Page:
New Idria was a prolific mercury mining community--yeah, mercury is extremely poisonous to humans--founded in 1854 and ran through until closure in the 1970s. The community was developed to support mining operations, but everything was left abandoned in 1972 when the New Idria Quicksilver Mining Company closed. Just like Bodie above, New Idria is also a superfund site and you can observe the poisoning water in the adjacent creeks that flank the community.
New Idria is kind of the 1970s Bodie, with the exception that this place can kill visitors as it's crazy unsafe to be here. That photo above looks super cool, right? All these rad buildings to explore. Problem is, many of those buildings burned down in 2010 as copper scrappers mishandled their torches and caught fire to the north end of the abandoned town. A few structures still exist, but it's nothing like the above photo.
Since the internet disseminates knowledge so easily, many of these cool abandoned places succumb quickly to being stripped and vandalized. Still, they're fun to explore. Check out the strange photo album below, there were some haunting and unusual things to see here at one time. But, importantly, the place is dangerous. You really don't want the risk of getting Hantavirus, asbestos exposure or some poisonous molecule into your system.
With a population decline from 54 to 43 in ten years (as of 2010), Darwin City is going the way of the dodo. The Inyo county (unsurprising) settlement was founded on silver and lead discoveries in 1874. Darwin was the subject of the documentary film Darwin and also a BBC piece on how the remaining residents are seeking high speed internet. C'mon Google fiber!
Today, the town is littered with abandonment and that post-apocalyptic retreat many ghost towns experience before the final escape and absence of population altogether. There are some nice homes still in the area, but who knows, many people have tried to maintain the last stand in the death throes of their towns before the inevitability and loneliness retires the land back to the brutal and commanding indifference of the desert.
Mariposa County contains the still technically alive, but dwindling population of 75 residents in the sprawling community of Hornitos. Although the town was not founded on resource extraction or mining, like most other ghost towns, Hornitos was a Mexican village and camp that served as refuge the neighboring mining towns and camps.
The granite walled jail is still visible with the original county post office, church, cemetery, schoolhouse, the first Ghiradelli store (the famous SF California chocolate maker) mercantile and other derelict residential buildings. A fun place to explore, though residents of the community still live nearby. Considered one of the best preserved ghost towns with a variety of structural abandonment in various states of preservation and decay.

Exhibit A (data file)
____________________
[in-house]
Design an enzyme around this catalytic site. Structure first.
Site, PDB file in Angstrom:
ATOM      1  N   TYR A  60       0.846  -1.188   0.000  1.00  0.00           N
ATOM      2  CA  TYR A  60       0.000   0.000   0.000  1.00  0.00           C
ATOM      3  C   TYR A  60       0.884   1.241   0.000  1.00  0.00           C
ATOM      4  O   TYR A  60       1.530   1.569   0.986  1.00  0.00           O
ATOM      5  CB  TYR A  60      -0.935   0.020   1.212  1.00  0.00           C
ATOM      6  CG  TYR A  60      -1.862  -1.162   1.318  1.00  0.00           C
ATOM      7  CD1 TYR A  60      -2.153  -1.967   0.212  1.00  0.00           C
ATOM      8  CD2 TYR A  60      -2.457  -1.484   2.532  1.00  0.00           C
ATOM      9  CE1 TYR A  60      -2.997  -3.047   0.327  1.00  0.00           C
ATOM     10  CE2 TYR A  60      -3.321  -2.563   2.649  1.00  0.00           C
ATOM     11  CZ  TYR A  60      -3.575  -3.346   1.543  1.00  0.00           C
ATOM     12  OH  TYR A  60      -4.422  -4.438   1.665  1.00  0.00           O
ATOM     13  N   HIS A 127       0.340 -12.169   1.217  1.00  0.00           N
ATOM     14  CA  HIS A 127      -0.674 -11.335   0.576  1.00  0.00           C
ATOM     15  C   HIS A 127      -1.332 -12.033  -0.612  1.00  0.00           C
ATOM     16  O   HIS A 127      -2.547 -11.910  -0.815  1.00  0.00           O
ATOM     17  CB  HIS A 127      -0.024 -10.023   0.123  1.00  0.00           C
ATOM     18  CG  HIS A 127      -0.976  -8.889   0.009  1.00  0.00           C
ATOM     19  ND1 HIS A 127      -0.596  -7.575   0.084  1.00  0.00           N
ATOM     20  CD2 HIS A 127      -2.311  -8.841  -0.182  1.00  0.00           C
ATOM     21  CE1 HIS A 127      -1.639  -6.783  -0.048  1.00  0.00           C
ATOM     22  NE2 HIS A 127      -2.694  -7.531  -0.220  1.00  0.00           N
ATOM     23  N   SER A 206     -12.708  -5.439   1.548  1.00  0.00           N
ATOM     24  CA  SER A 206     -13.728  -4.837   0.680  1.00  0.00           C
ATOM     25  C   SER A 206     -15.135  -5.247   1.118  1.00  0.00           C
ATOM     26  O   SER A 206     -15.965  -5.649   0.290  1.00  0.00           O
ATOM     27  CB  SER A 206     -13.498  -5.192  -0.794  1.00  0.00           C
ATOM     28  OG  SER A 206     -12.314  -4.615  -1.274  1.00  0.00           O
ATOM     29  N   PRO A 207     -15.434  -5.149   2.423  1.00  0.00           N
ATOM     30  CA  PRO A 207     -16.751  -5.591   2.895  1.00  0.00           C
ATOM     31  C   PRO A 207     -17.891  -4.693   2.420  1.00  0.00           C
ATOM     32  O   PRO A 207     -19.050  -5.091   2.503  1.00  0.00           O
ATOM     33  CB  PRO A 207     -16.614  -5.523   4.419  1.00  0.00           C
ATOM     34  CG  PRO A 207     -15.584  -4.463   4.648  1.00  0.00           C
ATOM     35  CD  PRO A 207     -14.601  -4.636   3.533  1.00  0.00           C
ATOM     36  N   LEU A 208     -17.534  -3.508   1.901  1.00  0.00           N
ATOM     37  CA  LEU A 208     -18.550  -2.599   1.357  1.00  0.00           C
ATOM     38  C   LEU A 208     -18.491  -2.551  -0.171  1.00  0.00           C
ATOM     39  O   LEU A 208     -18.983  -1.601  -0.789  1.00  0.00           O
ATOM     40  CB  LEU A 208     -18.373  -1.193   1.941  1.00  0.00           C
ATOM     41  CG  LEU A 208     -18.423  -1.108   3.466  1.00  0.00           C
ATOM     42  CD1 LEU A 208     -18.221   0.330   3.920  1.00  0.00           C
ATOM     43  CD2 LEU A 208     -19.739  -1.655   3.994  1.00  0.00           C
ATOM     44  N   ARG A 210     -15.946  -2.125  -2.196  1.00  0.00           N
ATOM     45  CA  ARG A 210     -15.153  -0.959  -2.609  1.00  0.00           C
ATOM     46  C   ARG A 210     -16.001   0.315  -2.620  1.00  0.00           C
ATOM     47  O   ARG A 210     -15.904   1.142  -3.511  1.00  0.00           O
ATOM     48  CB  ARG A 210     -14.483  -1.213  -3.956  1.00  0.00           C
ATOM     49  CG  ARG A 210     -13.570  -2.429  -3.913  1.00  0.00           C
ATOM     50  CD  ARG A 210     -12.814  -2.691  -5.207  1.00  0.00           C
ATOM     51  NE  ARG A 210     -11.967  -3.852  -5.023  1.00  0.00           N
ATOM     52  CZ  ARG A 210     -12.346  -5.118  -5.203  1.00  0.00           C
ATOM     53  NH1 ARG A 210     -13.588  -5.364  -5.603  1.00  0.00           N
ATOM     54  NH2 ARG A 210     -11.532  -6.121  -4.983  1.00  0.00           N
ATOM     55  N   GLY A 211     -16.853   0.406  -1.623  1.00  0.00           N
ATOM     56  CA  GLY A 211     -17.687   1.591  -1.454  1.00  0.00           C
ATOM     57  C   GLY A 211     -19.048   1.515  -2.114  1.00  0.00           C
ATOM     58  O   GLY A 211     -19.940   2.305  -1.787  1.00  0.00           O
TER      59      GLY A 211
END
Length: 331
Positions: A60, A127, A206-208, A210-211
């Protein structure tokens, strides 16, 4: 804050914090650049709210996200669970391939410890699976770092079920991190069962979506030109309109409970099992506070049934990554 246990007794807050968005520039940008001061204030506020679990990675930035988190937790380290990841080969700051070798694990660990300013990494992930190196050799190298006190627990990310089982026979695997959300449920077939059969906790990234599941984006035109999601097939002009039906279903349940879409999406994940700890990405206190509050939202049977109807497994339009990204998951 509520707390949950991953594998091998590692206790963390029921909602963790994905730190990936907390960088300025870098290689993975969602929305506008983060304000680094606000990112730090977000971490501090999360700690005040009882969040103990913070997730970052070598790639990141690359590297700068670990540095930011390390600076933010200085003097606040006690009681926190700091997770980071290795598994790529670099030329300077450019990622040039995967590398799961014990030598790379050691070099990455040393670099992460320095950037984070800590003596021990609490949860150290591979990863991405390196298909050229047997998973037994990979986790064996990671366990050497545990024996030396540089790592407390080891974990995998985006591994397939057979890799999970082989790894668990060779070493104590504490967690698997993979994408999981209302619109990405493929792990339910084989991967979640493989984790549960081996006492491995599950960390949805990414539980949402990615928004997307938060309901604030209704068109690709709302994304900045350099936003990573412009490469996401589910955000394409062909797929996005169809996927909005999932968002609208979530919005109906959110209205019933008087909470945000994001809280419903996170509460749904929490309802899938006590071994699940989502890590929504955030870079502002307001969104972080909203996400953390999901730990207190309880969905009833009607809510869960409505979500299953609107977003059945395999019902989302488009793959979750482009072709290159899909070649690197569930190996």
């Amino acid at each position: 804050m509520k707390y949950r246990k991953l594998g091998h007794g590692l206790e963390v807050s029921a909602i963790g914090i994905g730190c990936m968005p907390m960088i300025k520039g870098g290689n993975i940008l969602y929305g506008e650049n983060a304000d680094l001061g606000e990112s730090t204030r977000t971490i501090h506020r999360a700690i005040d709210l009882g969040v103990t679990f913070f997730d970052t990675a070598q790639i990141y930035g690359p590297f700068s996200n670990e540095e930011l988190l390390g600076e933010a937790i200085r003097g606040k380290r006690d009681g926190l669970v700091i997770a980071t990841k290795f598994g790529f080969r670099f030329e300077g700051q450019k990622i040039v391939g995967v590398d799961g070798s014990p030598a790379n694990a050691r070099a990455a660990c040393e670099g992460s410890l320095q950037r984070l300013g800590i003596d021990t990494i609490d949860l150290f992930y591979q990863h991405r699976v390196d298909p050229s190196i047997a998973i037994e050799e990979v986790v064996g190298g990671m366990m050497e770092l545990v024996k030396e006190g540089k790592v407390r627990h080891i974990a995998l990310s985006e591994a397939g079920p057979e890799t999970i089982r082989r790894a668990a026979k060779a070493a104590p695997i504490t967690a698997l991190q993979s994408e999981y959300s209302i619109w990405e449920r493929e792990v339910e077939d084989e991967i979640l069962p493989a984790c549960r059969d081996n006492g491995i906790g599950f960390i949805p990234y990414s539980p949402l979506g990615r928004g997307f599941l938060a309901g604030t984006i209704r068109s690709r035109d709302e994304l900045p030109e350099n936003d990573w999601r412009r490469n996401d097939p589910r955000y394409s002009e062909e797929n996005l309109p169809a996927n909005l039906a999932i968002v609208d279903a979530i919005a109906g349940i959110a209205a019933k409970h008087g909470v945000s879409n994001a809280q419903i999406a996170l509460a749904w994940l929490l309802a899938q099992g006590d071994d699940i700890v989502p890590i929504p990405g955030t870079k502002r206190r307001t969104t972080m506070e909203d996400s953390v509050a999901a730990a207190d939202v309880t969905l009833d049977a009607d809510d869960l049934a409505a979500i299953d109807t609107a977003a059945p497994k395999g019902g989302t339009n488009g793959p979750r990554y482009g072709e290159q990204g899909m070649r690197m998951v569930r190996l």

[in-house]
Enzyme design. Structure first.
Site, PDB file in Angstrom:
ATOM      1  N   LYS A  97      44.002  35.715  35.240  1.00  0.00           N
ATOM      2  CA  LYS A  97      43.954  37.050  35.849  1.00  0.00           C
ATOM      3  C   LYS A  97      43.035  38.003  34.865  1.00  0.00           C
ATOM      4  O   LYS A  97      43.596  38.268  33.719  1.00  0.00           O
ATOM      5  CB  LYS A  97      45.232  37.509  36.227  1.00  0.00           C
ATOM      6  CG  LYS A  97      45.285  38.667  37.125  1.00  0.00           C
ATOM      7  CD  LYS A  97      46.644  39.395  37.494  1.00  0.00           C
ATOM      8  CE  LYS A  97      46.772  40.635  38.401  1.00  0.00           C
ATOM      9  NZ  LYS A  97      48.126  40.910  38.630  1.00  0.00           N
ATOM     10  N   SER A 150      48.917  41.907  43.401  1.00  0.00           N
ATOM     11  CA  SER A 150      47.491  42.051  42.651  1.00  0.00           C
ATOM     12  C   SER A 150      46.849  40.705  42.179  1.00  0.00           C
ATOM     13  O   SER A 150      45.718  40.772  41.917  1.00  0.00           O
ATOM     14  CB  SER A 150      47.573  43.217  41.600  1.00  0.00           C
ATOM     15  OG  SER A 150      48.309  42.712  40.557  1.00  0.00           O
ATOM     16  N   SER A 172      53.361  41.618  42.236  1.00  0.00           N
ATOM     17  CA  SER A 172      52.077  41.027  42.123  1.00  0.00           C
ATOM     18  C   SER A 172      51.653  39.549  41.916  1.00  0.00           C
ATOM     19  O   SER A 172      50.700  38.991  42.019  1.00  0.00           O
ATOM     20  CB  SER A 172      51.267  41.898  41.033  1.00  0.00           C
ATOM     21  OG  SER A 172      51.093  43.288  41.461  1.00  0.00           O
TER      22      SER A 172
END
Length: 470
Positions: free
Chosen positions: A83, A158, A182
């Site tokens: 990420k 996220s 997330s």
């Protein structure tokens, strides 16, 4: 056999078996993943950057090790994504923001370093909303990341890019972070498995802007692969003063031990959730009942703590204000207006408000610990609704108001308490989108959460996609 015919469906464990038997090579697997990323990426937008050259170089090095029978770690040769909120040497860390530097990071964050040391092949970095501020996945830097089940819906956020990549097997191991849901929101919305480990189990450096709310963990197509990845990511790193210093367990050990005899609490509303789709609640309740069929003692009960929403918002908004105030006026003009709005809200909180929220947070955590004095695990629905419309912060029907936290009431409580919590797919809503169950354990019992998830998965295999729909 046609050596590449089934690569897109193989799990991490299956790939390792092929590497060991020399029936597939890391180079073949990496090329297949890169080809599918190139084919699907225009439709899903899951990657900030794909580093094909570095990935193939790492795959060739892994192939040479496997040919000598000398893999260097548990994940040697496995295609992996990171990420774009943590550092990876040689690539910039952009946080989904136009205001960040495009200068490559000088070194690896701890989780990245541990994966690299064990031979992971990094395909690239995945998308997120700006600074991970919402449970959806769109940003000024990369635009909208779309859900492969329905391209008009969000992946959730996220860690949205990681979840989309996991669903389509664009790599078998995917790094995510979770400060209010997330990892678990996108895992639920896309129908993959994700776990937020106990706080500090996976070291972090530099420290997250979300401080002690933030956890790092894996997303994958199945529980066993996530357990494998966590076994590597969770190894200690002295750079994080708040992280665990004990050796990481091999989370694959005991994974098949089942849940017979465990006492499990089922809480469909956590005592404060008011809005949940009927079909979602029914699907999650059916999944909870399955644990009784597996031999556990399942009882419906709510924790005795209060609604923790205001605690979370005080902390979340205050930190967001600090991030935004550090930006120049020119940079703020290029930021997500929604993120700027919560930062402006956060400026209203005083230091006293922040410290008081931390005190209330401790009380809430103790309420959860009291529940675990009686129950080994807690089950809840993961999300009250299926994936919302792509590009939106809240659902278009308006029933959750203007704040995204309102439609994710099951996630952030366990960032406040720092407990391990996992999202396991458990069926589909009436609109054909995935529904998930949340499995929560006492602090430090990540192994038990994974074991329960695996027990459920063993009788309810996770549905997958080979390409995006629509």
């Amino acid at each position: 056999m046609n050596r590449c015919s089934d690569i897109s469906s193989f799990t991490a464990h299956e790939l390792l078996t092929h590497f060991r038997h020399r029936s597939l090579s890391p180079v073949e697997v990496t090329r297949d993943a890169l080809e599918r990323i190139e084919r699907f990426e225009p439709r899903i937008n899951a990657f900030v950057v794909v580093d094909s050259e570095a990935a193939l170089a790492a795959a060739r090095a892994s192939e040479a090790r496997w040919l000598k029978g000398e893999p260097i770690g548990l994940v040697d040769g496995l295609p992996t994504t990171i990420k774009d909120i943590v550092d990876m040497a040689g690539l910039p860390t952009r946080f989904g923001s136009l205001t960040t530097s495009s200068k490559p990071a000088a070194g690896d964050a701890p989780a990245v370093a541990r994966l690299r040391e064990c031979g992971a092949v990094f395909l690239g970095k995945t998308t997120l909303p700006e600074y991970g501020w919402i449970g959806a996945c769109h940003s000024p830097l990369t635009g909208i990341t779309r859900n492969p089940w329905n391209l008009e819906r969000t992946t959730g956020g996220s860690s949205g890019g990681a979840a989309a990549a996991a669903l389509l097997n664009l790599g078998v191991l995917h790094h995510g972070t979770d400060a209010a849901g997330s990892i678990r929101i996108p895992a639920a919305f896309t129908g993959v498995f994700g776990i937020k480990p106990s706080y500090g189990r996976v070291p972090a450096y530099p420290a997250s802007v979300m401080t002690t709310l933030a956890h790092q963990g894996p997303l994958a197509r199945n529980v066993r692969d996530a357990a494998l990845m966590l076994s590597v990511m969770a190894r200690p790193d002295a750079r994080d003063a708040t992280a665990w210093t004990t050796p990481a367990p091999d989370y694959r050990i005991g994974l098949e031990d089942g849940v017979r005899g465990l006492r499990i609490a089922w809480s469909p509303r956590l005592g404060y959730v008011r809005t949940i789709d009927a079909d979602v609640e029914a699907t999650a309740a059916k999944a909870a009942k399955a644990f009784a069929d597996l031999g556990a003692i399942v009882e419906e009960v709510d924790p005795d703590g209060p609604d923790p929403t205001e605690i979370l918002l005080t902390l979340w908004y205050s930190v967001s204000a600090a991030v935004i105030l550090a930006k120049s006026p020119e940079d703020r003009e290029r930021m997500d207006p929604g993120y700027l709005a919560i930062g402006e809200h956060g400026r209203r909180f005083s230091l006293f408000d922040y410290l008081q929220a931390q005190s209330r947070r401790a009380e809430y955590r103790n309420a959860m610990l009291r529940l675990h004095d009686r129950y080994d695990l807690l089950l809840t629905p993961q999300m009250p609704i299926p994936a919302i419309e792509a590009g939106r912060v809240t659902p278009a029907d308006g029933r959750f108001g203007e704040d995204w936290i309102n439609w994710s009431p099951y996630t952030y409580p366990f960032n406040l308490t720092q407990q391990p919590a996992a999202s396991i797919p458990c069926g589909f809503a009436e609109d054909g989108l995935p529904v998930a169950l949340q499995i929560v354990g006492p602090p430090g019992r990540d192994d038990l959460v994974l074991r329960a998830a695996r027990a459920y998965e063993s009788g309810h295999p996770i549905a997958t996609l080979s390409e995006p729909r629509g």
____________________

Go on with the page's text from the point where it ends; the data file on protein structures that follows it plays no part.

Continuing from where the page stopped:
Although technically a ghost town, Calico is like a Disney version of Bodie. At one time Calico was a burgeoning mining town with all the hallmarks of the old west: brothels, saloons, sheriff office, mercentiles, a bottle house. Now the town is a tourist destination and park for San Bernardino County. It's included here for readers with families looking for a funky and safe day trip with a bit of history.
Sure, it's kitschy, but the original structures are being restored to as faithful 1800s reproduction as can be accommodated with all the modern conveniences. Consider that most of these towns are in or near deserts, with all the harsh brutal realities that go along with desert-living. That said, most of the structures are not original and have been modernly designed with old-looking facades to capture the historical essence. All out, it's a fun campy experience and you don't need to worry about tetanus or hantavirus. A cool place to have a brew and chill on a longer drive.
Another Inyo County ghost town, Skidoo was a famous 20th century gold-supported settlement. All structures other than the stamp and cyanide-separator milling plant (above) have been obliterated and succumbed to the desert over the decades.
The mine supported the community, producing 75,000 ounces of gold during its heyday, between 1906 and 1917, with a value of $1.5 million in 1917 dollars (about $31 million in today's dollars). Interestingly, the co-owner of the Skidoo store was the victim of California's last lynching. Dude killed one of Skidoo's most popular citizens in a drunken rage. Good old wild west justice, I guess.
Today, only ghost town aficionados visit the area, as it's a dangerous haul through Death Valley and the dirt roads branching from the notoriously fabled I-190. It's worth a stop-over on a longer trip. A great relic of California gold history.
Let us know in the comment section about your favorite adventure destinations and ghost towns. One of our favorite spring activities is taking drives up the local ranges and exploring the area with day-hikes. If you find this resource interesting, check out our pieces on famous California drives: Rites of Passage and our favorite road trip: the Grand Tree Tour.